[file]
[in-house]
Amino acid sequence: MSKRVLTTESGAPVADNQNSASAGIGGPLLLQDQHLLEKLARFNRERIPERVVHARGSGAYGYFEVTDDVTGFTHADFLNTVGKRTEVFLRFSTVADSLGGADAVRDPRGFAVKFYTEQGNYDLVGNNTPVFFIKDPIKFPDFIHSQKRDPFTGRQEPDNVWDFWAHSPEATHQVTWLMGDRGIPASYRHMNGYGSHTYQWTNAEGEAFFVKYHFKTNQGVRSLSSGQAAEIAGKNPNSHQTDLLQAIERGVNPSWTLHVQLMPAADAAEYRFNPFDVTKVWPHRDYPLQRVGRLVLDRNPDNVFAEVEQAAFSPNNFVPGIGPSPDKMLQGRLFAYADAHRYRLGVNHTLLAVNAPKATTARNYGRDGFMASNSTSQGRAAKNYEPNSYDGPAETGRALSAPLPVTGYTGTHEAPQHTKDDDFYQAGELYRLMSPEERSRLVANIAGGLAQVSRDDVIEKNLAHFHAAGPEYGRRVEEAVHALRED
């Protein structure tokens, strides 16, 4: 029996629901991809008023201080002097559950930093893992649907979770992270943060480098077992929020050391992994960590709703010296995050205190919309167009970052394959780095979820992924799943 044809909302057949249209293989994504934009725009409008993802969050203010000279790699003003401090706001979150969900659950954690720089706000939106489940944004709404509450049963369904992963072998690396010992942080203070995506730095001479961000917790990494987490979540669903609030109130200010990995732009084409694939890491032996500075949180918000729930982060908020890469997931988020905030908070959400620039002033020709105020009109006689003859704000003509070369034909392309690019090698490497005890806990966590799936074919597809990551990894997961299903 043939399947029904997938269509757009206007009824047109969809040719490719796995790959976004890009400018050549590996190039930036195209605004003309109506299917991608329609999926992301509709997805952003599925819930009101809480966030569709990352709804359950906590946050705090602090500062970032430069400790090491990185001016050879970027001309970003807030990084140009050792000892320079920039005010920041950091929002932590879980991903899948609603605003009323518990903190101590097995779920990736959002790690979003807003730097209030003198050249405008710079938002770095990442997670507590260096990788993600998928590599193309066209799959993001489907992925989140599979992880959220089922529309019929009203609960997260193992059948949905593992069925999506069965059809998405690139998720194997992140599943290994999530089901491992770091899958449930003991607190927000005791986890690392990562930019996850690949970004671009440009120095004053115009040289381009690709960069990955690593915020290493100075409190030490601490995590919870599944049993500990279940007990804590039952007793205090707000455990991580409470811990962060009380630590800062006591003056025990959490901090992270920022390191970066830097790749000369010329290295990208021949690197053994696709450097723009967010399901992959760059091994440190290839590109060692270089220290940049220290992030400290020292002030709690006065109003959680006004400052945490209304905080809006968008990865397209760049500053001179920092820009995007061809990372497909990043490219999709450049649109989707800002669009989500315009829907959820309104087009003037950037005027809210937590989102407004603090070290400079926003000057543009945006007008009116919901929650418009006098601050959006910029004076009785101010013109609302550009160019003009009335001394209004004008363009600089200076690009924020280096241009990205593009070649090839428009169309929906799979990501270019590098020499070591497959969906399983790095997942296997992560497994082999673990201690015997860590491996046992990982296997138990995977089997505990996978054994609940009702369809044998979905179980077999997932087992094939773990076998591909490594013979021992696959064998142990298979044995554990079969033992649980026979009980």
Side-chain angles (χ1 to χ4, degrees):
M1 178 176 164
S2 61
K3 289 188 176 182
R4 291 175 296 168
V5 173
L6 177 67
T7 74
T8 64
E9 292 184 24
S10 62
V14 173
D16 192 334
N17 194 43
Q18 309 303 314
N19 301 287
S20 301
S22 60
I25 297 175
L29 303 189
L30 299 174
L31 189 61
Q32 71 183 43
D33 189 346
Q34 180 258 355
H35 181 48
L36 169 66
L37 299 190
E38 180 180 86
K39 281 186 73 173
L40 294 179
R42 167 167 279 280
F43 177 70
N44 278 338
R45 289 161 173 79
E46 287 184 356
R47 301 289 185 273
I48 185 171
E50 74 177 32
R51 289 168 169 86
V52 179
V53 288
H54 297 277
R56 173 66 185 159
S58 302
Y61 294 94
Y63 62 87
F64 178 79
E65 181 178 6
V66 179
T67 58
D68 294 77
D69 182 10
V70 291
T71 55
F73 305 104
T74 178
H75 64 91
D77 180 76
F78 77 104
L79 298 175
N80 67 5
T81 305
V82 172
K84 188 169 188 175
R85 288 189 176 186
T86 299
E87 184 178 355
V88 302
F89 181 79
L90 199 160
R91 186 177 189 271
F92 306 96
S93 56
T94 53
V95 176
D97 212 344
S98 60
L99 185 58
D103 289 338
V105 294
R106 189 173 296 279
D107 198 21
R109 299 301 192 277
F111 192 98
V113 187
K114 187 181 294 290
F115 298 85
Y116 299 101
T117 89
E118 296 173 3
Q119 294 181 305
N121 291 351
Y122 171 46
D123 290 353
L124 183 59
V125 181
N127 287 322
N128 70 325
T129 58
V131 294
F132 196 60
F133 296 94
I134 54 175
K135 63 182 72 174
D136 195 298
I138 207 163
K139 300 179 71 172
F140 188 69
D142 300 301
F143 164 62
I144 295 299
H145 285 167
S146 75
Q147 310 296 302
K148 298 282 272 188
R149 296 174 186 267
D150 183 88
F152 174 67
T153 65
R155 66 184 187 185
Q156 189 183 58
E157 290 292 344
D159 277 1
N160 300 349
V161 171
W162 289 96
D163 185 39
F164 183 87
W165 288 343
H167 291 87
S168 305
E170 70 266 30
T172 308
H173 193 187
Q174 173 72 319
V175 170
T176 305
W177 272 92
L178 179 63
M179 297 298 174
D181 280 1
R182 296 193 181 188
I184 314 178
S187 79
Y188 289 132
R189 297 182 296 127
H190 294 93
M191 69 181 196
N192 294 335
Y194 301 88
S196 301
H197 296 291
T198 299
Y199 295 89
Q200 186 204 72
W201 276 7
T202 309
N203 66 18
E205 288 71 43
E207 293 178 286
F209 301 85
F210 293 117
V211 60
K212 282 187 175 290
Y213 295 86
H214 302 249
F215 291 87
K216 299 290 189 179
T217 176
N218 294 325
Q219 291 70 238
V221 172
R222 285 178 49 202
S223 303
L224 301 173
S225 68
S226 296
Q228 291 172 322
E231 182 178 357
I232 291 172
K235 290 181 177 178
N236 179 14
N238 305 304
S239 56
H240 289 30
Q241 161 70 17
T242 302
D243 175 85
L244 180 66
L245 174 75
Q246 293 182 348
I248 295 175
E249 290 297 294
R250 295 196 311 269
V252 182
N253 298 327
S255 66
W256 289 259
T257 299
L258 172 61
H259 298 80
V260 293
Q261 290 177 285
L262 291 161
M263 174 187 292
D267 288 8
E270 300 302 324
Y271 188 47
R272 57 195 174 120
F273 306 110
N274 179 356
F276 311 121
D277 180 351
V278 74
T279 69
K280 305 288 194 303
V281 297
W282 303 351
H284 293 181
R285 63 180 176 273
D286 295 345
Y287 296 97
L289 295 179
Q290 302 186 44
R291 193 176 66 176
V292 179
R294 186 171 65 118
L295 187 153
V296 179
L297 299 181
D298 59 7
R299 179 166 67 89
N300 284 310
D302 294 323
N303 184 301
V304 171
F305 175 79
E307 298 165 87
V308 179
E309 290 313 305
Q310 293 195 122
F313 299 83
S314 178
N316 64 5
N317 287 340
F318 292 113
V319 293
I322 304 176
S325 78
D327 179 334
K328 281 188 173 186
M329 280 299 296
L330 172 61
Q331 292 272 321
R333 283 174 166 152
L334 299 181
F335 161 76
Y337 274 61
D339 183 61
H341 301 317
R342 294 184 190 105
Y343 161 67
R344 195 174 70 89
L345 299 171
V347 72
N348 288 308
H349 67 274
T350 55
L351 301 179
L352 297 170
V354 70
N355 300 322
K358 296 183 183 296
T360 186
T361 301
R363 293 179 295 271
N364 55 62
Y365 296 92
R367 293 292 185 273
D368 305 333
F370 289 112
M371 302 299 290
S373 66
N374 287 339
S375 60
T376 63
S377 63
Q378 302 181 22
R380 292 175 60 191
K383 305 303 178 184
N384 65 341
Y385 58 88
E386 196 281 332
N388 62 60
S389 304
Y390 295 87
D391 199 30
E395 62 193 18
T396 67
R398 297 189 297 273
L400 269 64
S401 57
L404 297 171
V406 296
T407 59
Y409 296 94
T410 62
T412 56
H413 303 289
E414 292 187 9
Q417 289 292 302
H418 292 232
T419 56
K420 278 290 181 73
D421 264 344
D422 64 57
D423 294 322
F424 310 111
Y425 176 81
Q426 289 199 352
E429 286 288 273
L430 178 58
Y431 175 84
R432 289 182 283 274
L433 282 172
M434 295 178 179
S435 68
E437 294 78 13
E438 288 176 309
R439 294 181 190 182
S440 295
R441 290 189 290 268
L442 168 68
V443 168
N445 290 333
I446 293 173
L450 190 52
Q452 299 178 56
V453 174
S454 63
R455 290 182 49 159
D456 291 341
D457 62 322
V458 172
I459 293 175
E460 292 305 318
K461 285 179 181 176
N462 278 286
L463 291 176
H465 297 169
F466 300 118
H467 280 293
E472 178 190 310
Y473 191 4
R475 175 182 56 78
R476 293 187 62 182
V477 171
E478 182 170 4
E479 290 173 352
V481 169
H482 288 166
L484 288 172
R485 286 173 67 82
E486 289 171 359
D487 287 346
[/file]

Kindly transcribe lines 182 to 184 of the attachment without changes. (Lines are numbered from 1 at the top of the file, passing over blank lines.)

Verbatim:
Q228 291 172 322
E231 182 178 357
I232 291 172